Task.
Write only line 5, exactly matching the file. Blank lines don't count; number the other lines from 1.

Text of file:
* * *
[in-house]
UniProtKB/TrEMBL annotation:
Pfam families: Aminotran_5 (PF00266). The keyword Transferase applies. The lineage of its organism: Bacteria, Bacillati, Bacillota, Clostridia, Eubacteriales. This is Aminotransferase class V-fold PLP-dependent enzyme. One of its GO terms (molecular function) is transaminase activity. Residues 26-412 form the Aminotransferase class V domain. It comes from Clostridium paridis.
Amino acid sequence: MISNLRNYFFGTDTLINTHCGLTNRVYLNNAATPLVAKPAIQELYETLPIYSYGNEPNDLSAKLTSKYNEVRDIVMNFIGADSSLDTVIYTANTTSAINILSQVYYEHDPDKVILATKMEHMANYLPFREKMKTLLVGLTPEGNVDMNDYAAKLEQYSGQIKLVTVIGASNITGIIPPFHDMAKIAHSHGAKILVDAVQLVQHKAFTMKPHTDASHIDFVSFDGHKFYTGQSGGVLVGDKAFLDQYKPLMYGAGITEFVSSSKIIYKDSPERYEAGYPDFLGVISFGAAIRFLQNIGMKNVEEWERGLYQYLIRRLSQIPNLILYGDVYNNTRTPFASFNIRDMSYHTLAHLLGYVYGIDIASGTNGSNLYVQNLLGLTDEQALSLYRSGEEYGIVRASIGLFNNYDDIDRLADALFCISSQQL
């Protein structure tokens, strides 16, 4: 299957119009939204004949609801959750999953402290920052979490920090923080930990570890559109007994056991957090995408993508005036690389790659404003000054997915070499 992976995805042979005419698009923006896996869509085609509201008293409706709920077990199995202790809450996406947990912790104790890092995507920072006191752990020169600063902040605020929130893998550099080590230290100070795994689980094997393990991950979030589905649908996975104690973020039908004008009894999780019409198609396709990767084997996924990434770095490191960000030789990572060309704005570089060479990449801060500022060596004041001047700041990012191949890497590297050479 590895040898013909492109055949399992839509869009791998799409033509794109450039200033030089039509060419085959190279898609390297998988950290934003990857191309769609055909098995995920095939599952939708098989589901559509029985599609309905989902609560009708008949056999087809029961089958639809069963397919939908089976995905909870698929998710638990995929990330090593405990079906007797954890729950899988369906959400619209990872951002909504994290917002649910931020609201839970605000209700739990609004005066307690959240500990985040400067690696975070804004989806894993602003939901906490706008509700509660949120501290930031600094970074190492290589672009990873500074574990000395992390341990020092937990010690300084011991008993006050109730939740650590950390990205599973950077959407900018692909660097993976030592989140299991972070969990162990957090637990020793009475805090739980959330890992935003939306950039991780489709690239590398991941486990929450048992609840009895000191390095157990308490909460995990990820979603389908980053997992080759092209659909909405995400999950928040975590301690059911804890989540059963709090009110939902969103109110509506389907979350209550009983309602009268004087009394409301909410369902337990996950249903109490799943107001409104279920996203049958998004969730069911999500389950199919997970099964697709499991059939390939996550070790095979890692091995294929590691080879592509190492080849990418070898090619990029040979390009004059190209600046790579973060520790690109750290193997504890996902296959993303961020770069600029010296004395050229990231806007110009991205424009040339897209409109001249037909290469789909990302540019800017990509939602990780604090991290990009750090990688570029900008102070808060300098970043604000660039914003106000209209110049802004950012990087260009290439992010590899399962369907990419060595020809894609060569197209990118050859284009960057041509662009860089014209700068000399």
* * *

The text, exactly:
């Protein structure tokens, strides 16, 4: 299957119009939204004949609801959750999953402290920052979490920090923080930990570890559109007994056991957090995408993508005036690389790659404003000054997915070499 992976995805042979005419698009923006896996869509085609509201008293409706709920077990199995202790809450996406947990912790104790890092995507920072006191752990020169600063902040605020929130893998550099080590230290100070795994689980094997393990991950979030589905649908996975104690973020039908004008009894999780019409198609396709990767084997996924990434770095490191960000030789990572060309704005570089060479990449801060500022060596004041001047700041990012191949890497590297050479 590895040898013909492109055949399992839509869009791998799409033509794109450039200033030089039509060419085959190279898609390297998988950290934003990857191309769609055909098995995920095939599952939708098989589901559509029985599609309905989902609560009708008949056999087809029961089958639809069963397919939908089976995905909870698929998710638990995929990330090593405990079906007797954890729950899988369906959400619209990872951002909504994290917002649910931020609201839970605000209700739990609004005066307690959240500990985040400067690696975070804004989806894993602003939901906490706008509700509660949120501290930031600094970074190492290589672009990873500074574990000395992390341990020092937990010690300084011991008993006050109730939740650590950390990205599973950077959407900018692909660097993976030592989140299991972070969990162990957090637990020793009475805090739980959330890992935003939306950039991780489709690239590398991941486990929450048992609840009895000191390095157990308490909460995990990820979603389908980053997992080759092209659909909405995400999950928040975590301690059911804890989540059963709090009110939902969103109110509506389907979350209550009983309602009268004087009394409301909410369902337990996950249903109490799943107001409104279920996203049958998004969730069911999500389950199919997970099964697709499991059939390939996550070790095979890692091995294929590691080879592509190492080849990418070898090619990029040979390009004059190209600046790579973060520790690109750290193997504890996902296959993303961020770069600029010296004395050229990231806007110009991205424009040339897209409109001249037909290469789909990302540019800017990509939602990780604090991290990009750090990688570029900008102070808060300098970043604000660039914003106000209209110049802004950012990087260009290439992010590899399962369907990419060595020809894609060569197209990118050859284009960057041509662009860089014209700068000399």